The advantages of the enzyme blend composition over the use of biocides to control bacteria are that the biocides constitute toxicants in the system and pollution problems are ever present. The advantage of the present formulation over the formulation of a single enzyme plus biocide is that the single enzyme attacks only one narrow band of carbohydrate polymers whereas the present invention improves the range of attack by combining activities of a cellulase and an alpha-amylase along with the basic protease, broadly attacking the carbohydrate polymer and protein surrounding the bacteria. A specific formulation embodying ratios, for the present use of multiple enzyme preparations, is 2 parts cellulase, 1 part alpha-amulase, and 1 part protease. In this formulation, the alpha-amylase is at least 1 and can be slightly over 1 part. The protease which is set at 1 may actually be 0.5 to 1 part, and the cellulase is set at 2 parts.

A preferred composition is 2 parts cellulase, 1 part alpha-amylase and 1 part protease. In the composition cerulase may be substituted for cellulase.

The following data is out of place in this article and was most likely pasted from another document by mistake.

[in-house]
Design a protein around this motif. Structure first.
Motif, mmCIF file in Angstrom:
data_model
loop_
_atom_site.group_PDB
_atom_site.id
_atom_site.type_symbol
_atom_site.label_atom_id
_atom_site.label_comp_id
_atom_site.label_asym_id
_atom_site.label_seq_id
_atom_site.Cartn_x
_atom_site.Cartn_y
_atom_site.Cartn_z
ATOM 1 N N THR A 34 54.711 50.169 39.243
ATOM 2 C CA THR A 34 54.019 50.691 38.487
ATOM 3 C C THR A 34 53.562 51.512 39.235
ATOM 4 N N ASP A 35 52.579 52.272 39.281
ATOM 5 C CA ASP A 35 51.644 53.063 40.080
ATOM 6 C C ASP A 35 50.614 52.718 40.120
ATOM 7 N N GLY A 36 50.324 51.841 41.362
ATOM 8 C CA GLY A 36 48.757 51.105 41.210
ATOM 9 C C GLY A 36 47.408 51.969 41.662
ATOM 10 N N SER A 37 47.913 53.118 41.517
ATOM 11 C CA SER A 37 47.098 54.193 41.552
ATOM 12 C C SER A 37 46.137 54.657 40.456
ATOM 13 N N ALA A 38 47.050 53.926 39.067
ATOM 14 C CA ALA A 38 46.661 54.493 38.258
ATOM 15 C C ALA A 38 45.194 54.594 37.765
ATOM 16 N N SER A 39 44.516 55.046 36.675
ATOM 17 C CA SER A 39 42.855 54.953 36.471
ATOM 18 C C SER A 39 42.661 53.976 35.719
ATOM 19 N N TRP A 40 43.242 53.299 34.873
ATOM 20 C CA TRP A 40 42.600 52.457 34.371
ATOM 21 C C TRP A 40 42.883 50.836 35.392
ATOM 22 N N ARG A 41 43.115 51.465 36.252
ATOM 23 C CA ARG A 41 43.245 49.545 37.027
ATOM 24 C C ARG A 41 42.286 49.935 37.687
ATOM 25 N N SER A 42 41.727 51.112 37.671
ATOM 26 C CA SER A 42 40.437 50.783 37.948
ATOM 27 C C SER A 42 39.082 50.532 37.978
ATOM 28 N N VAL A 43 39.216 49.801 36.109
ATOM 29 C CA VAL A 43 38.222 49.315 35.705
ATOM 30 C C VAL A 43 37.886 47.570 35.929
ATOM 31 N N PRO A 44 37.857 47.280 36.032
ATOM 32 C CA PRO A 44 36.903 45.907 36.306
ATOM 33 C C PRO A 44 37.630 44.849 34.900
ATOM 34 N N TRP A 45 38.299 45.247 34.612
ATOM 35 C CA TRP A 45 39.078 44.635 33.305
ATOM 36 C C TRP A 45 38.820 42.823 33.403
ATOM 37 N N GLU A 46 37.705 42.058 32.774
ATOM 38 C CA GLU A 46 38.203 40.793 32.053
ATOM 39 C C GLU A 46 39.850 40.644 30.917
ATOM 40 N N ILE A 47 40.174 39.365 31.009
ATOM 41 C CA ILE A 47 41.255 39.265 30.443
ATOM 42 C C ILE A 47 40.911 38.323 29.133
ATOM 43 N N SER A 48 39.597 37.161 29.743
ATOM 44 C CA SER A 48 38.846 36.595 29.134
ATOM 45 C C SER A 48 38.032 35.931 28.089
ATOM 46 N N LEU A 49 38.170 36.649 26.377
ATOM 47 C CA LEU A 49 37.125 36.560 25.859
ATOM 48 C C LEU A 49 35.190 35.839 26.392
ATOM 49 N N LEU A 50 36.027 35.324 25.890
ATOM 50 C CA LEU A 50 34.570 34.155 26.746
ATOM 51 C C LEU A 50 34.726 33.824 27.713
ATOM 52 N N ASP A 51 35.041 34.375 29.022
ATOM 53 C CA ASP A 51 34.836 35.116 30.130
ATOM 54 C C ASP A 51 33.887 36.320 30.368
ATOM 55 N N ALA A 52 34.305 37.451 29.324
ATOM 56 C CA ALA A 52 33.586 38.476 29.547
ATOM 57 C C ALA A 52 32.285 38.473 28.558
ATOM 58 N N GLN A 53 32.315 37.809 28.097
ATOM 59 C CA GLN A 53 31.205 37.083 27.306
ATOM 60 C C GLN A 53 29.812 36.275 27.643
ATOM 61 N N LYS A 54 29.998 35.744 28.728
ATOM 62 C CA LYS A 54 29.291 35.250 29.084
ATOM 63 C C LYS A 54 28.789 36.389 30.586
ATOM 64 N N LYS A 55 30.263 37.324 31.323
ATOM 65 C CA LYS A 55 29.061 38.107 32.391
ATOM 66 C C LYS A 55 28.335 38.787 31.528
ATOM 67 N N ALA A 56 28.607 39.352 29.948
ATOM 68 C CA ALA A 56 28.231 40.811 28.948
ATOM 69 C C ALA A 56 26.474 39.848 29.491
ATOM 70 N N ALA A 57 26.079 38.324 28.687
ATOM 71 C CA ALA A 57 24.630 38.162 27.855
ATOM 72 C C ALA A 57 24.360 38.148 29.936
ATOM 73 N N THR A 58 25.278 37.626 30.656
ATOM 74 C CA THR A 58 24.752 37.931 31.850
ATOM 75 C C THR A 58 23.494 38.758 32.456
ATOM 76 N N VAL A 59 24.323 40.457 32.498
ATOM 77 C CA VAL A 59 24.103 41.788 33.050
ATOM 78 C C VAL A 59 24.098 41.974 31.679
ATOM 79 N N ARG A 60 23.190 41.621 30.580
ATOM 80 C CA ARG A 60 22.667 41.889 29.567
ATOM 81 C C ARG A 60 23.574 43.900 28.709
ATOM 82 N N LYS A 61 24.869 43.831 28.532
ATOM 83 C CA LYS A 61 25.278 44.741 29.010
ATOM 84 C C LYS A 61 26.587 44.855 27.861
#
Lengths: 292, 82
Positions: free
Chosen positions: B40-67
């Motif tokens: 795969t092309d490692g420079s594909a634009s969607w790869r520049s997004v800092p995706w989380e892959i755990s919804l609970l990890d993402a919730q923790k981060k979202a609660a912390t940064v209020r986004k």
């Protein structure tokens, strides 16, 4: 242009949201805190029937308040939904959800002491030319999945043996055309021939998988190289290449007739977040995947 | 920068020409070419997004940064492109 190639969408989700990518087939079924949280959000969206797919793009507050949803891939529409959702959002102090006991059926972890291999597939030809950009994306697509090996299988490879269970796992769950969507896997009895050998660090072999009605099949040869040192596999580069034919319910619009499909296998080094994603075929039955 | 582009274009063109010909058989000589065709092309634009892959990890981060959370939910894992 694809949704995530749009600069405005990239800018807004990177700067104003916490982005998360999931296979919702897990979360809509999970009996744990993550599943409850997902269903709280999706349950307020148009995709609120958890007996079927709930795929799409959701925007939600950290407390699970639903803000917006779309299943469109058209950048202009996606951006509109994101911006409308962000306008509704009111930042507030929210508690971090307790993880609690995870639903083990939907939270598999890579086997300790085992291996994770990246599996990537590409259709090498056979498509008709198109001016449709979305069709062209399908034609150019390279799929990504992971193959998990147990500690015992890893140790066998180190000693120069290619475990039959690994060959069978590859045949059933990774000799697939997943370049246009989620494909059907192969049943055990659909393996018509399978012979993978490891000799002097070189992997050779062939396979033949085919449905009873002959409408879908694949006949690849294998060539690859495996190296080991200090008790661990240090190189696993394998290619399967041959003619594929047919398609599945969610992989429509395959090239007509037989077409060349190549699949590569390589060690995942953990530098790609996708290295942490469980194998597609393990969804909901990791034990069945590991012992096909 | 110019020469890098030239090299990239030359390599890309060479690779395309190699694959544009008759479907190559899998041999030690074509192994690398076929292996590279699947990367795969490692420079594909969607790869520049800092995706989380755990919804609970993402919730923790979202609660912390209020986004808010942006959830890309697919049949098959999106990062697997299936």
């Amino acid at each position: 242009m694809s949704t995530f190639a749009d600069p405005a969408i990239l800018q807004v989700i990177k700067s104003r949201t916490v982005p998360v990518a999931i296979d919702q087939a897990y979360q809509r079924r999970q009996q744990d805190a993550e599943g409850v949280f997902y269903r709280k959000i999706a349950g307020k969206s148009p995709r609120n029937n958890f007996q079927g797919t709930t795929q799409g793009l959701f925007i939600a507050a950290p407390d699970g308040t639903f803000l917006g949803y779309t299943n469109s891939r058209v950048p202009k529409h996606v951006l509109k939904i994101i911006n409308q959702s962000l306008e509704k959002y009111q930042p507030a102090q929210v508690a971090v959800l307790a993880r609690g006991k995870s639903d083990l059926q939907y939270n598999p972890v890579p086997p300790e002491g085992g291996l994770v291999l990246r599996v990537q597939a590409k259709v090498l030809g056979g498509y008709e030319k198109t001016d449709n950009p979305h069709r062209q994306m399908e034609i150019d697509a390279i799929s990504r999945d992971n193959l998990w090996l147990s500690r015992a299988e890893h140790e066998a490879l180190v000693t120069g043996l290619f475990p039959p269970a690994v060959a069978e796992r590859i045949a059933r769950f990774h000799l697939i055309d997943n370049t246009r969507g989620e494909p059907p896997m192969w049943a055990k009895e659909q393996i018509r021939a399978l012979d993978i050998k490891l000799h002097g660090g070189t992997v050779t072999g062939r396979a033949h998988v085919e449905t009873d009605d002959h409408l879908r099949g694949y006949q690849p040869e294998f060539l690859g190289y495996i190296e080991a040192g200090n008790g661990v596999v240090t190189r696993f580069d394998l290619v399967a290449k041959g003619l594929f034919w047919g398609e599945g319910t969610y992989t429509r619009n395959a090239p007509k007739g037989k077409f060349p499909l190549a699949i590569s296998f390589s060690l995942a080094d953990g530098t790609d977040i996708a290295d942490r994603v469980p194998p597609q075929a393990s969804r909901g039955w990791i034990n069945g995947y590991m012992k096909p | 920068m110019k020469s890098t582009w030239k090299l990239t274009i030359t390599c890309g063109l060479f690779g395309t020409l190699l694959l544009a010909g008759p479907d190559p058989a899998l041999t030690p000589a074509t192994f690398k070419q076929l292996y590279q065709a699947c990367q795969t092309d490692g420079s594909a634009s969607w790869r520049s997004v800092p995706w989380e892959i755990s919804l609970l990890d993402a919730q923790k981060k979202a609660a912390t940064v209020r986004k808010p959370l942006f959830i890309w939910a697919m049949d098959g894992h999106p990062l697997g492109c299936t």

In general, most enzymes are used in a dosage of 2 to 100 ppm and many are from 2 to 10 parts per million. The enzymes can be obtained from many chemical suppliers such as American Cyanamid, Betz, Beckman, Dearborn Chemical, Economics Laboratory, Inc., Merck, Nalco, Vineland Chemical, and the like.

The concentration of enzyme required for effectiveness in this invention varies greatly and can depend upon the conditions such as temperature and pH of the water, the microbial count and the type of industrial water being treated. The lower and upper limits of the required concentrations will substantially depend upon the specific enzyme or combination of enzymes used. For example, a highly effective enzyme can require a concentration of mainly about 1 or 2 parts enzyme to one million parts industrial water in the context of this invention, while another enzyme may require a minimum concentration of 80 to 100 ppm.